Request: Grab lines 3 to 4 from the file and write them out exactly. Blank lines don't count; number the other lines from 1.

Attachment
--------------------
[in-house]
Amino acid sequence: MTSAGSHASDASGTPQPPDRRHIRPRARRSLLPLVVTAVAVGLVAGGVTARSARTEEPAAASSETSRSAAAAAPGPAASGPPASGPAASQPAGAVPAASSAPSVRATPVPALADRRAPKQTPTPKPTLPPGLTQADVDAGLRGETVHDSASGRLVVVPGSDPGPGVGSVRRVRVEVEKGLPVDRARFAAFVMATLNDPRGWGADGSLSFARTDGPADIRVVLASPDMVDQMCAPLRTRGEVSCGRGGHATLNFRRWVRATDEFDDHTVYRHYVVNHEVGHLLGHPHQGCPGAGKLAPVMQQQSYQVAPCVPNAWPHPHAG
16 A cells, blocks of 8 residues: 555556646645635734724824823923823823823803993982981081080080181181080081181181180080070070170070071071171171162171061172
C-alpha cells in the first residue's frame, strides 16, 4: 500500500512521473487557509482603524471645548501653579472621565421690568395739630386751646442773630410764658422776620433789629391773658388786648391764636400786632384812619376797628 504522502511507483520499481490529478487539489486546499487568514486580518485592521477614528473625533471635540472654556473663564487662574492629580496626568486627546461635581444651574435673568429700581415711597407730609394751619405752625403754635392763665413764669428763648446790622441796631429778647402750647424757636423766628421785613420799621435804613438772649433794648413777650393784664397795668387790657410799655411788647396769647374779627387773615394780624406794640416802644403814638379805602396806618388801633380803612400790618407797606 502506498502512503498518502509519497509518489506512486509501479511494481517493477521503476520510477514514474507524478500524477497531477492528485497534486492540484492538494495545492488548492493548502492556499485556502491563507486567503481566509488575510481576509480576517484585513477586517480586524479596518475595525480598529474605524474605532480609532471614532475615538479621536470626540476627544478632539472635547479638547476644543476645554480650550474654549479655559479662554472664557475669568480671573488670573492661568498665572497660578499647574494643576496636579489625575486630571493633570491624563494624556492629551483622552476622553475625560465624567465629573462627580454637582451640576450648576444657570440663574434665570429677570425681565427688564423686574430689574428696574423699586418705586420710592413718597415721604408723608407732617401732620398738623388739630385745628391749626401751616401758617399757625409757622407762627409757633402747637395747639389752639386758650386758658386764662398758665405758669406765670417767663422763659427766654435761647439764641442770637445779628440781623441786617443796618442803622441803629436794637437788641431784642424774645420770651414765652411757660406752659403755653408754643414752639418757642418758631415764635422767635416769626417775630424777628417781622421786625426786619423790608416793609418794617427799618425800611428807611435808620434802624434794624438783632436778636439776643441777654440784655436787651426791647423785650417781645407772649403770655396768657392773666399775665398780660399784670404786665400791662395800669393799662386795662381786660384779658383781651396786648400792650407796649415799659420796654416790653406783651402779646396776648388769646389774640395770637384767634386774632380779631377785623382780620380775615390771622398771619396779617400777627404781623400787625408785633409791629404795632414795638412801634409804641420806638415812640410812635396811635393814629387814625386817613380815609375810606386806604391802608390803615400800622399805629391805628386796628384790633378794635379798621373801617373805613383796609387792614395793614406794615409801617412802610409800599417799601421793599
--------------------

16 A cells, blocks of 8 residues: 555556646645635734724824823923823823823803993982981081080080181181080081181181180080070070170070071071171171162171061172
C-alpha cells in the first residue's frame, strides 16, 4: 500500500512521473487557509482603524471645548501653579472621565421690568395739630386751646442773630410764658422776620433789629391773658388786648391764636400786632384812619376797628 504522502511507483520499481490529478487539489486546499487568514486580518485592521477614528473625533471635540472654556473663564487662574492629580496626568486627546461635581444651574435673568429700581415711597407730609394751619405752625403754635392763665413764669428763648446790622441796631429778647402750647424757636423766628421785613420799621435804613438772649433794648413777650393784664397795668387790657410799655411788647396769647374779627387773615394780624406794640416802644403814638379805602396806618388801633380803612400790618407797606 502506498502512503498518502509519497509518489506512486509501479511494481517493477521503476520510477514514474507524478500524477497531477492528485497534486492540484492538494495545492488548492493548502492556499485556502491563507486567503481566509488575510481576509480576517484585513477586517480586524479596518475595525480598529474605524474605532480609532471614532475615538479621536470626540476627544478632539472635547479638547476644543476645554480650550474654549479655559479662554472664557475669568480671573488670573492661568498665572497660578499647574494643576496636579489625575486630571493633570491624563494624556492629551483622552476622553475625560465624567465629573462627580454637582451640576450648576444657570440663574434665570429677570425681565427688564423686574430689574428696574423699586418705586420710592413718597415721604408723608407732617401732620398738623388739630385745628391749626401751616401758617399757625409757622407762627409757633402747637395747639389752639386758650386758658386764662398758665405758669406765670417767663422763659427766654435761647439764641442770637445779628440781623441786617443796618442803622441803629436794637437788641431784642424774645420770651414765652411757660406752659403755653408754643414752639418757642418758631415764635422767635416769626417775630424777628417781622421786625426786619423790608416793609418794617427799618425800611428807611435808620434802624434794624438783632436778636439776643441777654440784655436787651426791647423785650417781645407772649403770655396768657392773666399775665398780660399784670404786665400791662395800669393799662386795662381786660384779658383781651396786648400792650407796649415799659420796654416790653406783651402779646396776648388769646389774640395770637384767634386774632380779631377785623382780620380775615390771622398771619396779617400777627404781623400787625408785633409791629404795632414795638412801634409804641420806638415812640410812635396811635393814629387814625386817613380815609375810606386806604391802608390803615400800622399805629391805628386796628384790633378794635379798621373801617373805613383796609387792614395793614406794615409801617412802610409800599417799601421793599